Fred Foldvary: A Geoist Robinson Crusoe Story
|May 30, 2005||Posted by Staff under Uncategorized|
A Geoist Robinson Crusoe Story
by Fred E. Foldvary, Senior Editor
Once upon a time, Robinson G. Crusoe was the only survivor of a ship that sunk. He floated on a piece of wood to an unpopulated island. Robinson was an absolute geoist. He believed with his mind, heart, and soul that everyone should have an equal share of land rent.
Since he was the only person on this island, it was all his. He surveyed the island and found that the only crop available for cultivation was alfalfa sprouts. The land was divided into 5 grades that could grow 8, 6, 4, 2, and zero bushels of alfalfa sprouts per month. There was one acre each for 8, 6, and 4, and 100 acres of 2-bushel land. For 8 hours per day of labor, he could work 4 acres. So he could grow, per month, 8+6+4+2 = 20 bushels of alfalfa sprouts, much more than enough to feed on.
One day another survivor of a sunken ship floated to the island. His name was Friday George. Friday was a boring talker and kept chattering about trivialities, which greatly irritated Robinson. “I possess the whole island. You may only have this rocky area,” said Robinson.
Friday was also a geoist. “I should get half the island,” he told Robinson.
“No!” said Robinson. “Geoism only provides you with half the rent. I am retaining the rights of possession to the whole island except for that rocky part.”
“But the margin of production there is zero!” cried Friday.
“Too bad,” said Robinson. “All you are morally entitled to is half the economic rent.”
Came the harvest, Friday said, “Since the margin of production is zero, the marginal product of labor is zero, wages are zero, and the entire output consists of rent, so I get half, 10 bushels.” Robinson had to admit this was correct, and handed over half his harvest.
“Wait a minute,” thought Robinson. “I am doing all the work, and he gets half the output!” “OK, Friday,” said Robinson, “You may use the 2-bushel land.” Since there were more than enough 2-bushel acres, the margin of production was now 2.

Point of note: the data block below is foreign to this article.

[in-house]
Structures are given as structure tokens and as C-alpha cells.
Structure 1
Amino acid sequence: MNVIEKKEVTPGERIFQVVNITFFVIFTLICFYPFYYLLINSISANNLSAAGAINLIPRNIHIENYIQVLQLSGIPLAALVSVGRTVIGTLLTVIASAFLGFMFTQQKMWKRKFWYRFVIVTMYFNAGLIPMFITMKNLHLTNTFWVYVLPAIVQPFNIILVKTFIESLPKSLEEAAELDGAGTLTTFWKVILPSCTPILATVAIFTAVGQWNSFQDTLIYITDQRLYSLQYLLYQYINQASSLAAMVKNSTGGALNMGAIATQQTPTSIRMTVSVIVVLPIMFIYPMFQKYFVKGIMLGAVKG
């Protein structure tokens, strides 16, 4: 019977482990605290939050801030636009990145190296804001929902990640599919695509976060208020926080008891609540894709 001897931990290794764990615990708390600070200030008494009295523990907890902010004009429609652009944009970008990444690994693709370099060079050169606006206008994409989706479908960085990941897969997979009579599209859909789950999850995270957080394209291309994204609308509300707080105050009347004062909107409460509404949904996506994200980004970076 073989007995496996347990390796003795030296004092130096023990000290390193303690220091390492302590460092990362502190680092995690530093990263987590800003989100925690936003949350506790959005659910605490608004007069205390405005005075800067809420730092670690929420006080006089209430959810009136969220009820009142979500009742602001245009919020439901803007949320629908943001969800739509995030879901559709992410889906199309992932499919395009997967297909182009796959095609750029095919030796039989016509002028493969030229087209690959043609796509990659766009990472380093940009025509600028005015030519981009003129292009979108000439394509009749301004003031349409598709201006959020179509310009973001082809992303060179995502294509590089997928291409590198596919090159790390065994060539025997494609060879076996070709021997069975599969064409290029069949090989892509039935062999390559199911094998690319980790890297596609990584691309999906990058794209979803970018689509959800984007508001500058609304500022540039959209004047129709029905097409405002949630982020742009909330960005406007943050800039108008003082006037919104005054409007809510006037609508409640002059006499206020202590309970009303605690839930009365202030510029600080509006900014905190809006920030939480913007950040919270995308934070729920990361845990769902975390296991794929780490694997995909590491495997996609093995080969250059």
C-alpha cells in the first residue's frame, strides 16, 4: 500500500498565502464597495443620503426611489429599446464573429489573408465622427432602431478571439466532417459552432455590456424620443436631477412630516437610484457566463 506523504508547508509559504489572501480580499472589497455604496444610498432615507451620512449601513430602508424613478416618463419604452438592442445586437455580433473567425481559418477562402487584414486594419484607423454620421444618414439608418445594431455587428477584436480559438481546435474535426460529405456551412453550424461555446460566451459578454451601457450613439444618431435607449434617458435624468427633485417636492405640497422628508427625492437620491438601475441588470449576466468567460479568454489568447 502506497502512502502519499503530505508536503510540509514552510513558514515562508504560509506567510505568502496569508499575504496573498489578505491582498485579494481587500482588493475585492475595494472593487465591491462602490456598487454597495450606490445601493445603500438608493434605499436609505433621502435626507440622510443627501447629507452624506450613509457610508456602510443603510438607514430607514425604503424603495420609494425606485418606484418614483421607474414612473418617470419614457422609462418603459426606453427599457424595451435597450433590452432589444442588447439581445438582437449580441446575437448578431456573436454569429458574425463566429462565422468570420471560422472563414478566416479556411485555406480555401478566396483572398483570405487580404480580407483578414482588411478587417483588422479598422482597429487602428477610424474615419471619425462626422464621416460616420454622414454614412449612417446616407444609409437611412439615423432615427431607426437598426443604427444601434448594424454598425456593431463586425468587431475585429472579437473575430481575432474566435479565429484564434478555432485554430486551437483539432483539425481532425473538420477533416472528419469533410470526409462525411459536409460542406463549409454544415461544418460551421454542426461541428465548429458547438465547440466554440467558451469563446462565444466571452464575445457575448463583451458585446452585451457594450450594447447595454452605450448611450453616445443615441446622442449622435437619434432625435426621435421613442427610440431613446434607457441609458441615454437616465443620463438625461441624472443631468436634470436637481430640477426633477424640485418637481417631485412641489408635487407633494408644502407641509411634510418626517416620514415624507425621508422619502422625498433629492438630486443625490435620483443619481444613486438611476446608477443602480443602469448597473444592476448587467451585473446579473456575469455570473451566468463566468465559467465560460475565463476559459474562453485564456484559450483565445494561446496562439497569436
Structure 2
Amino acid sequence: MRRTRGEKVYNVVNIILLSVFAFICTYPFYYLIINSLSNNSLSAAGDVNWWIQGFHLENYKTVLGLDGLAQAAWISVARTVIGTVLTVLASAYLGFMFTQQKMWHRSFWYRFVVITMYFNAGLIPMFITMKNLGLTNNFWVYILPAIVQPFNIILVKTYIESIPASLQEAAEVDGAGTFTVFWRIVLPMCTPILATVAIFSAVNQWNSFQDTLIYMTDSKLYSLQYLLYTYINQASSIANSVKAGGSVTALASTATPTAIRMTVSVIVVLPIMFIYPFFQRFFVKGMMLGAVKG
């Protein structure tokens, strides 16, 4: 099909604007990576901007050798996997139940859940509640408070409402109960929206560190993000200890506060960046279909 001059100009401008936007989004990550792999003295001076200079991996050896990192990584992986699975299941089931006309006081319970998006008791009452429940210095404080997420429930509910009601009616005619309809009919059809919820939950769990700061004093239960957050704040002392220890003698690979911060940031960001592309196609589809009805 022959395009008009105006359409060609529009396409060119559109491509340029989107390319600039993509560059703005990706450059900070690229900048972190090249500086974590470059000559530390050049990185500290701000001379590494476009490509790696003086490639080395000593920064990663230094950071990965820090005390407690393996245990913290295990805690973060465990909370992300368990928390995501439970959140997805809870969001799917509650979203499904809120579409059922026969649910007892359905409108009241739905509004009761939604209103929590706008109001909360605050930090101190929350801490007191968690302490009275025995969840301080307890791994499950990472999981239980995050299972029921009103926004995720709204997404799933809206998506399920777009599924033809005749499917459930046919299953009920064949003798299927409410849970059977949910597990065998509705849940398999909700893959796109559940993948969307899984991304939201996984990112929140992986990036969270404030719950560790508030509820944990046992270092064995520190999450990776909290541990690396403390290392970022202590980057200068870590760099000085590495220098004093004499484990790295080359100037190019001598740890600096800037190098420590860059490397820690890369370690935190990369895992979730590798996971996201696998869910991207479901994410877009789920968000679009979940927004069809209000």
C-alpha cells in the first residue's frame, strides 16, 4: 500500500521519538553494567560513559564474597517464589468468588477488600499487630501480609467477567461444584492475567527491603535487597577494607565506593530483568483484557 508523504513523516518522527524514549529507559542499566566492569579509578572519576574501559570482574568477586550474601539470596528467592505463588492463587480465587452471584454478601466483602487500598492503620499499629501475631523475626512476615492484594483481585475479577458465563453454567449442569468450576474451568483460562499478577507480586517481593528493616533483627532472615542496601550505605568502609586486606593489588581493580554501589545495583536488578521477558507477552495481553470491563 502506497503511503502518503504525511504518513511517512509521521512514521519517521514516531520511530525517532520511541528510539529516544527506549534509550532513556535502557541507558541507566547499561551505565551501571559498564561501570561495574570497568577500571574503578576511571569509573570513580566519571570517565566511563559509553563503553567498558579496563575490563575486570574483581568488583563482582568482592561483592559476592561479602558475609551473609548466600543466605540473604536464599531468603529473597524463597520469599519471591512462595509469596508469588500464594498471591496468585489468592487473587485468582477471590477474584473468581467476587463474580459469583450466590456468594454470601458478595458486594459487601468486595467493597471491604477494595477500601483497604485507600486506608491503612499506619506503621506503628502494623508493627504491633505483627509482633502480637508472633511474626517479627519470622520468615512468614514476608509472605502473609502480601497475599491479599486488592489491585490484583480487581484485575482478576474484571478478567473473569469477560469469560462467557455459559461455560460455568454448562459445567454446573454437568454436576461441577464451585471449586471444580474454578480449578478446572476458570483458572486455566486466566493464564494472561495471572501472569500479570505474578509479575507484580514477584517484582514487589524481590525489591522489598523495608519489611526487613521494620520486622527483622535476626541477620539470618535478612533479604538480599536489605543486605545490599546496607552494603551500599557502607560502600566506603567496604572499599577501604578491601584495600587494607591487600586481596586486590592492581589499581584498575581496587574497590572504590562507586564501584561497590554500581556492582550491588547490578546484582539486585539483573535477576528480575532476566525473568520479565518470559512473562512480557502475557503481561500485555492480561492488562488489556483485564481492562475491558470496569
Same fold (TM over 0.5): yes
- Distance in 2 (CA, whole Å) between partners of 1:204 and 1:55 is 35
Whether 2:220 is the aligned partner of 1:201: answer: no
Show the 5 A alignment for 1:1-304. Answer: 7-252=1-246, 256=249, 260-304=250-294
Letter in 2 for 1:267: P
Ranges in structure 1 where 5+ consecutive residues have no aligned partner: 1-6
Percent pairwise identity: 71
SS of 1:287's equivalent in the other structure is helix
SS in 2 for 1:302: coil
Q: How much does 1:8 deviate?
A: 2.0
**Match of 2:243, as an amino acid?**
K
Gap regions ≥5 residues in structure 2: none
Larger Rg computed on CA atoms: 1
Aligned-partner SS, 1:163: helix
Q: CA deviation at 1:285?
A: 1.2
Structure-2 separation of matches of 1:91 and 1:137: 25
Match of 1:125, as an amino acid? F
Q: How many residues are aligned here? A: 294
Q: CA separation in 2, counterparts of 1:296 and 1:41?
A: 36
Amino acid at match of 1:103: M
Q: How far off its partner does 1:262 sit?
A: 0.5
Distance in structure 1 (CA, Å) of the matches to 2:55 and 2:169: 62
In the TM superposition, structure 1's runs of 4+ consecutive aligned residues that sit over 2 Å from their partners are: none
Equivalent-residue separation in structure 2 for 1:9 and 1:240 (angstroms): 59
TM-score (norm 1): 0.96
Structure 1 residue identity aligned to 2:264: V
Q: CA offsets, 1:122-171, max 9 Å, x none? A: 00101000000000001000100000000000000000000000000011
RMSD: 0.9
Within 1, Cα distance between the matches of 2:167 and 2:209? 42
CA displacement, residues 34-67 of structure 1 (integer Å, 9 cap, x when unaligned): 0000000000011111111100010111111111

In the next harvest, Friday produced 8 bushels, and Robinson again harvested 20 bushels. Friday said, “The best land available free has an output of 2, so wages are 2 per acre. My output is all wages. So 8 bushels of your output is wages, and 12 is rent. I get half, 6 bushels.” Robinson had to admit this was correct. His income was therefore 20-6=14, and Friday’s income was 8+6=14. They again had equal incomes, but higher incomes than before.
Robinson realized that it did not matter which lands he possessed. He could possess better land, but so long as the rent is split equally, if the wage rate is equal, their income will not be affected. Lawyers say that possession is nine tenths of the law, but the law of rent says, possession does not matter.
If the rent is split equally, those who possess land and want to maximize their income will possess only that amount that maximizes income for all. If they possess too much land, they would drive wages down and rents up, leaving less for the possessors. So it does not matter who owns what land, if the rent is equally split.
Copyright 2005 by Fred E. Foldvary. All rights reserved. No part of this material may be reproduced or transmitted in any form or by any means, electronic or mechanical, which includes but is not limited to facsimile transmission, photocopying, recording, rekeying, or using any information storage or retrieval system, without giving full credit to Fred Foldvary and The Progress Report.
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